Sunday, June 24, 2007

Nostalgia Making a Comeback

Dry Glastonbury
A slightly idealised view
For once I come to praise the Mother Ship, not to bury it. Faced with a rather empty bar last night, Shrek decided to crank up the volume and put the live Glastonbury coverage. It was a welcome change from the regular rota of American Pro-wrestling, Poker and minor Snooker and Golf tournaments that usually fill the screens there later in the evening, ever since Sky were forced out of the market for better 'filler' material like the Australian Rugby League due to their need to pay even more for Premier League football.

I could point out that this was the result of a typically retarded bit of EU interventionism in what was a pretty functional market, but I won't; there is no need as this ridiculous organisation has spent the last few months making a fool of itself, culminating in a massive self inflicted wound in the early hours of Saturday morning. As usual the supporters of the EU have done the work of their opponents with welcome efficiency, so we can put our feet up and watch it haemorrhage goodwill by its own actions. Even its dwindling band of supporters from the authoritarian left of the newspaper spectrum like the Independent seem to have woken up to the fact that another chance has passed to turn around the current inevitable decline of the EU; it's welcome, but sorry, you're too late.

The inevitability of the way proceedings progressed was so well trailed by the likes of Dan Hannan, that despite the denials of the EUrofanatics, I really would have been better off at Glastonbury. I don't know if you're allowed to be nostalgic about something you've never done, but I was anyway. For all the mud, and the rip-offs led in no small part by the TUC owned "Worker's Beer Co-operative" charging £4 for a flimsy plastic beaker of even weaker beer, I really want to go next year. There have been some good overseas offerings televised this year but the backbone has remained strongly domestic, and nobody would expect anything different. There are many things that the UK still leads the world in, but, at least in my opinion the only claim that stands almost unchallenged is its leadership in today's music. Even America doesn't come close, and mainland Europe, yes, well the less said about that the better. Ireland and Australia come close, but the size of the respective populations means that the Britain, and it is very much a strength in all constituent nations, does still rule the airwaves.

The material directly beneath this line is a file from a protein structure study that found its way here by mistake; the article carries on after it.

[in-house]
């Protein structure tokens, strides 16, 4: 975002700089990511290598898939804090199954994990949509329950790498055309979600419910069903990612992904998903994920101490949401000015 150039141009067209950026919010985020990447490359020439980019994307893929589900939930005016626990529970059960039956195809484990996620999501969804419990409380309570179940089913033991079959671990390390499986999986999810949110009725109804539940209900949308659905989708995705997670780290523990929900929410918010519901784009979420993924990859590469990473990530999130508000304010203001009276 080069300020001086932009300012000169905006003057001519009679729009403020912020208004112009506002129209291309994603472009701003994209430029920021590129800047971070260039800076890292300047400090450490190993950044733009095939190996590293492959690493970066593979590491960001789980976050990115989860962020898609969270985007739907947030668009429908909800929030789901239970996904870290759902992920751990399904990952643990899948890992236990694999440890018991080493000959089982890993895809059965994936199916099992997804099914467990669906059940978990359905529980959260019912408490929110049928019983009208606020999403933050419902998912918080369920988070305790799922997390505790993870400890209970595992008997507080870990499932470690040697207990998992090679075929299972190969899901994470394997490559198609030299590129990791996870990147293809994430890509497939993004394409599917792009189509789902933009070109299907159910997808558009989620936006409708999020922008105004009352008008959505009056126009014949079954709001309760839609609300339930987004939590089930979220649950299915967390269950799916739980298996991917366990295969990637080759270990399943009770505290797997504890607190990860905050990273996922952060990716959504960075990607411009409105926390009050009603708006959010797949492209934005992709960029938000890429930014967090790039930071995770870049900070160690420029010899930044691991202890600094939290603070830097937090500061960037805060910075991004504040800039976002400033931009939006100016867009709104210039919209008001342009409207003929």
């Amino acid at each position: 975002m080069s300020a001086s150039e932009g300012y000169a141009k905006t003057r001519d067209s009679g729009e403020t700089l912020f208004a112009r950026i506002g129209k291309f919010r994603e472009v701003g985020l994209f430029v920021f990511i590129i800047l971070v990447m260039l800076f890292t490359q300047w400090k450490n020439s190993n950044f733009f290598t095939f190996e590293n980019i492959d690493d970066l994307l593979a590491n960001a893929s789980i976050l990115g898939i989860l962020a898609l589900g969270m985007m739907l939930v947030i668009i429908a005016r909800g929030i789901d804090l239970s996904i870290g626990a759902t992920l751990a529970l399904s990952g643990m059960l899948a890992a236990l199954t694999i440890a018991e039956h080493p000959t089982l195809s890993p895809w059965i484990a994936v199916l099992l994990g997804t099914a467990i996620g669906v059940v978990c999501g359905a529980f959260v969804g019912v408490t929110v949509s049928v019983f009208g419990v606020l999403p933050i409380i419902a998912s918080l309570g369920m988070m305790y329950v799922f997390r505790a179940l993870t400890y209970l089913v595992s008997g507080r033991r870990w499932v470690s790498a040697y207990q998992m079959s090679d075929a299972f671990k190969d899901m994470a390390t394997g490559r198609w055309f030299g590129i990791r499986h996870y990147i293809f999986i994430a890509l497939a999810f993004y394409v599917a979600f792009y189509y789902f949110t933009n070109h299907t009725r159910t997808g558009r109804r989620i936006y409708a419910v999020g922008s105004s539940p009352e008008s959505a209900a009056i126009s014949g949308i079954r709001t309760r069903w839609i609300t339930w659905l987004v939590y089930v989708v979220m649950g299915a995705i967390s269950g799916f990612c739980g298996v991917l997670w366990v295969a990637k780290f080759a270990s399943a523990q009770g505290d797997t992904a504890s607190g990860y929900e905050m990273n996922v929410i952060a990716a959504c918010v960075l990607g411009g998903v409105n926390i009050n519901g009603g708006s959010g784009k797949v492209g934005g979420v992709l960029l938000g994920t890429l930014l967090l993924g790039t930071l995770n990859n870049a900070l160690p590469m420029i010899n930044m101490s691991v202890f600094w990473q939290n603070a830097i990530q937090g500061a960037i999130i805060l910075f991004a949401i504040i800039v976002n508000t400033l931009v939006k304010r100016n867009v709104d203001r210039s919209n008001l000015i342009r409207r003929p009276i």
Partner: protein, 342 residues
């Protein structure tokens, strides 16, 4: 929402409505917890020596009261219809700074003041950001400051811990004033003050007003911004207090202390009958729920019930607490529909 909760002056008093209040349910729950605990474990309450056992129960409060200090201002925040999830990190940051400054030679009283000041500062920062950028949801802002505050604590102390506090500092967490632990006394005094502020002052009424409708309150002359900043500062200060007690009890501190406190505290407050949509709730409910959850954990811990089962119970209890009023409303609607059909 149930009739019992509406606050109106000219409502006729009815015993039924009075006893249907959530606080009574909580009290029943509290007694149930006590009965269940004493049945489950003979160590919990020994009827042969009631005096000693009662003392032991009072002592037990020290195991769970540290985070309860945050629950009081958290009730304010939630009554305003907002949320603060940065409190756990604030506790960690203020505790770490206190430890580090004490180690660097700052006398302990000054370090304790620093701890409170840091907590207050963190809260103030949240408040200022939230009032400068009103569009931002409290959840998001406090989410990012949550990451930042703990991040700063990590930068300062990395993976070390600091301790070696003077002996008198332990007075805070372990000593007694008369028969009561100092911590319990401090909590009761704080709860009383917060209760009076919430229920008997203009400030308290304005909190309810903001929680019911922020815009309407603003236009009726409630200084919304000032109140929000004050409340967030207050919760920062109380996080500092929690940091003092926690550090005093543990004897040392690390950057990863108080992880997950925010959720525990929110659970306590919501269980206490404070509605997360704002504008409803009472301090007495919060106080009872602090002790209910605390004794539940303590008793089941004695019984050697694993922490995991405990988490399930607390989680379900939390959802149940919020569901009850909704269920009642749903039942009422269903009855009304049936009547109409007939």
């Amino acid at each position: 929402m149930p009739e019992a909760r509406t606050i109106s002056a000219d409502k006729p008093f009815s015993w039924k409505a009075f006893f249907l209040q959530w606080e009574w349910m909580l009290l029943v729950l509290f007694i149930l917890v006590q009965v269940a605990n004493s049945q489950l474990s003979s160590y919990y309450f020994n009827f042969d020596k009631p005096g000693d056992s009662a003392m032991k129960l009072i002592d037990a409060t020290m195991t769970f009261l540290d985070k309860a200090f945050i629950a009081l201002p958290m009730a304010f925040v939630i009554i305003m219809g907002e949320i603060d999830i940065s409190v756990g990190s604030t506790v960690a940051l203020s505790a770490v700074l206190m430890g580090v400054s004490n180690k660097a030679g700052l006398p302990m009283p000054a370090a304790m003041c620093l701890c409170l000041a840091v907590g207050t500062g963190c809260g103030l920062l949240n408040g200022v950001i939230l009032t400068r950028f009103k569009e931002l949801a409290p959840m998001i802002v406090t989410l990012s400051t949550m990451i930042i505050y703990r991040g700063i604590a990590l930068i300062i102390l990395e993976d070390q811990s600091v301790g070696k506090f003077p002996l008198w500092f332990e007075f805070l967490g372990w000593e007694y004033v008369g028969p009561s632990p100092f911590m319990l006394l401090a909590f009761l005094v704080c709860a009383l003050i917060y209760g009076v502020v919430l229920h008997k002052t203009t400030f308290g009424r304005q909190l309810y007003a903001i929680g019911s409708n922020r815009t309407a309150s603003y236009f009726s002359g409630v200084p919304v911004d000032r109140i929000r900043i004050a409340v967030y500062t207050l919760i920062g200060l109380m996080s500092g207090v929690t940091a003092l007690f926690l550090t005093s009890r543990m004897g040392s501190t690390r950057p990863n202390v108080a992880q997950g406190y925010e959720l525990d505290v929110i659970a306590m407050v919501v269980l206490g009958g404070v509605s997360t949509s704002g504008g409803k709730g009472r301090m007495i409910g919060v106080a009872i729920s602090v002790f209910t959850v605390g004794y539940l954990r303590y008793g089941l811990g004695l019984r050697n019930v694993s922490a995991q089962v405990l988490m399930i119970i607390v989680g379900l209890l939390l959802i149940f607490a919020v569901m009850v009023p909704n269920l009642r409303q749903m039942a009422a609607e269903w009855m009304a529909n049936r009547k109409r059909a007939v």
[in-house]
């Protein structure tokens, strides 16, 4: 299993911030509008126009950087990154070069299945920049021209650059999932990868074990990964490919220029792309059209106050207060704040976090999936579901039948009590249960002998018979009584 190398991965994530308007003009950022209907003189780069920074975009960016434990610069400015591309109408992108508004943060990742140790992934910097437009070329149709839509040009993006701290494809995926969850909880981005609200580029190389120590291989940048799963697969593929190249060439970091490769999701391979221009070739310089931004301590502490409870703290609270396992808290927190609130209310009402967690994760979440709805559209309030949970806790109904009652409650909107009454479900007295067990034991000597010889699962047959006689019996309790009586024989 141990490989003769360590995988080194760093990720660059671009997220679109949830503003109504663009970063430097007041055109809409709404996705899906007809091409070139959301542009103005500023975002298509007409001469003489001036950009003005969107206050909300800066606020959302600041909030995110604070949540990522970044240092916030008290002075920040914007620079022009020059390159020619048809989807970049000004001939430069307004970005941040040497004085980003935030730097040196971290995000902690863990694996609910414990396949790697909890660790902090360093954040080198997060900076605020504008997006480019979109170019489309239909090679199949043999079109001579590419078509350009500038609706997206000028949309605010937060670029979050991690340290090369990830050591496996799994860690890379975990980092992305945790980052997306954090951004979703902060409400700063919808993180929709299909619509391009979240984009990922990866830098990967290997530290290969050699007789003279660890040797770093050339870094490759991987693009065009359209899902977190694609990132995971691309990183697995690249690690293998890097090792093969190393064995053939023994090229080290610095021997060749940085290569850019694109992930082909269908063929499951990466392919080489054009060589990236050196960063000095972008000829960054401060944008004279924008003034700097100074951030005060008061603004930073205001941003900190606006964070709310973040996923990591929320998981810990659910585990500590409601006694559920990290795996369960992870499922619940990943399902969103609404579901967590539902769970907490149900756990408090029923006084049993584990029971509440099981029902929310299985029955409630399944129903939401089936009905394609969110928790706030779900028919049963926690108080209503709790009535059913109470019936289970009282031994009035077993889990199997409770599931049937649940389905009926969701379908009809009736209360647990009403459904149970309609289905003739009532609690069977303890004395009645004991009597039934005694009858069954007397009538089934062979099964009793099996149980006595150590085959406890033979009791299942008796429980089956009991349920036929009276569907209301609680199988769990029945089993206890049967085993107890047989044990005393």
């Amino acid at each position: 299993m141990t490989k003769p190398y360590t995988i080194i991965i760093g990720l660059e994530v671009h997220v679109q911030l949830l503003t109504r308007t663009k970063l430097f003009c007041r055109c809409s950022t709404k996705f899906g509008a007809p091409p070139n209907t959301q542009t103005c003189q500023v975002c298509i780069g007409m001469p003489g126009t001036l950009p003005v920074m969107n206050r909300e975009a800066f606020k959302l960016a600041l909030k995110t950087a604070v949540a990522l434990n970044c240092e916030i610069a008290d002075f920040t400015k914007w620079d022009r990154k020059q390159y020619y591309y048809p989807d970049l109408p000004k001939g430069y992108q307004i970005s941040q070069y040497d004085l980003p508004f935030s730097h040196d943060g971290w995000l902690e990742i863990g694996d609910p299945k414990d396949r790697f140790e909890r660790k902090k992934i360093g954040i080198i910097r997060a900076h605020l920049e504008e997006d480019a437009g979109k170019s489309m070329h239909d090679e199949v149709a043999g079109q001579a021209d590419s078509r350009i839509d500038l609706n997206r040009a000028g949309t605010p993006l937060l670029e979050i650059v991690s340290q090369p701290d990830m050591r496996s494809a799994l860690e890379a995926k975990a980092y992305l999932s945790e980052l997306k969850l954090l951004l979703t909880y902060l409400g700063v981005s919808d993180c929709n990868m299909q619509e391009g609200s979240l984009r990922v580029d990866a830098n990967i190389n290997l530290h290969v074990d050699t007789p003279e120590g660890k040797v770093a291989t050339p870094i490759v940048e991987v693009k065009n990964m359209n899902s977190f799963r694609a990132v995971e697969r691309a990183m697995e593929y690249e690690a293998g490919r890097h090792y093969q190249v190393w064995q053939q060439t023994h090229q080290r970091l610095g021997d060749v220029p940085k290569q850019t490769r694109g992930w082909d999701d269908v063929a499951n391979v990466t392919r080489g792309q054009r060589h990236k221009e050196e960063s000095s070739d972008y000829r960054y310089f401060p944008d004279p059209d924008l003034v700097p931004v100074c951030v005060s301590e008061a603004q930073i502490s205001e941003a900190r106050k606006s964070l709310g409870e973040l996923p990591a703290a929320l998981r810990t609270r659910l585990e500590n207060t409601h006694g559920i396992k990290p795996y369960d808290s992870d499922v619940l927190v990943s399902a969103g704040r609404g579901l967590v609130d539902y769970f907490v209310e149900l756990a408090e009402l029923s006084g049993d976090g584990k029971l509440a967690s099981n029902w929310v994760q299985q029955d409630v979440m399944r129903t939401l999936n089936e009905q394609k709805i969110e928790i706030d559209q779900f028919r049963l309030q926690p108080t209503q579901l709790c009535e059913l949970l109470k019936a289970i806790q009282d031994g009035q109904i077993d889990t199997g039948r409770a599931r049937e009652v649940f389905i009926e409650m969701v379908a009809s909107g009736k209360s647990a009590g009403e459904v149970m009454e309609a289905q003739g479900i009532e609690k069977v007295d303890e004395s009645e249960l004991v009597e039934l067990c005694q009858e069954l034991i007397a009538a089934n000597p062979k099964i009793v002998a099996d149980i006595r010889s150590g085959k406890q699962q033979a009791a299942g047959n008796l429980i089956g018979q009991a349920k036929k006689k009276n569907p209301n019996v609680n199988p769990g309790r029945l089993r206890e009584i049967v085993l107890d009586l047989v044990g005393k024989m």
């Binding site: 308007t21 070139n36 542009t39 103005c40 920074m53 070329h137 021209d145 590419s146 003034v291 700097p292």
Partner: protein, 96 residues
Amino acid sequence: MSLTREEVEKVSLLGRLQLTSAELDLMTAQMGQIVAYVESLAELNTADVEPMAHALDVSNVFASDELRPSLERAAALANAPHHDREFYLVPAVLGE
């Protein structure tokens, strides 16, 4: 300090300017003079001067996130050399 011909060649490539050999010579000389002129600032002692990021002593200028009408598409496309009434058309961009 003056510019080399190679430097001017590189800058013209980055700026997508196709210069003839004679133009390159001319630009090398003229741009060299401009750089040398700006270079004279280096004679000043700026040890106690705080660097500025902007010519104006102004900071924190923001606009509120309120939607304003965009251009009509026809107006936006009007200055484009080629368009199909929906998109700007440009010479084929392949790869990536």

I would have to admit though that I did enjoy last night's wrap up by a non-Brit, Iggy Pop, not someone, Passenger aside, that would be in my personal playlist. There was high quality mayhem as the stewards seemed forced into a role reversal, trying to keep the veteran performer out of the crowd, rather than keeping the crowd away from the stage. For all the chaos, mud, filth and expensive beer the crowd on both sides of the Day-Glo barrier were lapping up every moment.

Wet Glastonbury
Hmm...the grim reality?
OK, I will have to fork out some serious money to get living conditions that will allow me to avoid contracting trench foot, but I am going to do it. There isn't actually a great rush though as one of the great features of the British music scene is its almost complete lack of ageism. It's an area where society has undergone a quiet, but very significant, cultural revolution. The musical overlap between myself and my parent's generation is wafer thin, but that between even those who spent a little more than my ten months in the sixties and the vast majority of this weekend's mud dwellers is almost complete.

Yes, crap music is churned out today, but during my lifetime there always has been and my reject to respect ratio hasn't really changed as long as I've been interested in music. The majority of gigs I go to have representatives from those, at a guess in their late forties or early fifties, right down to those still getting ID checked at the bar. The ratios change a bit from concert to concert, but nothing is the domain of only a single generation today. We are no longer defined in the same way by the music of the prevailing generation.

It wasn't always the case; my parents are only separated by four years in age, but music, other than golf, is the only fault line between them, my father being very much Bill Haley, my mother engaged in the never ending debate of her musical generation between the Stones and the Beatles. My mother can even, reasonably comfortably identify with the more digestible offerings of today, while dad finds his parents swing bands easier going despite being on every other measure more the thoroughly modern pensioner; he's the silver surfer who sorts out pub arrangements by e-mail and even entered the world of Stalkerbook before I did. He is taking it a little far these days, throwing away years of being a prohibitionist headmaster when it comes to soft drugs by enjoying the odd spliff in a friend's greenhouse now and again, but I still don't see him buying even a Hendrix CD.

It's hard to identify what is different today; perhaps it's just a market that is becoming more sophisticated as new entrants look more positively on classic acts of a slightly earlier age, while we early adopters look with more open minds at newer offerings.

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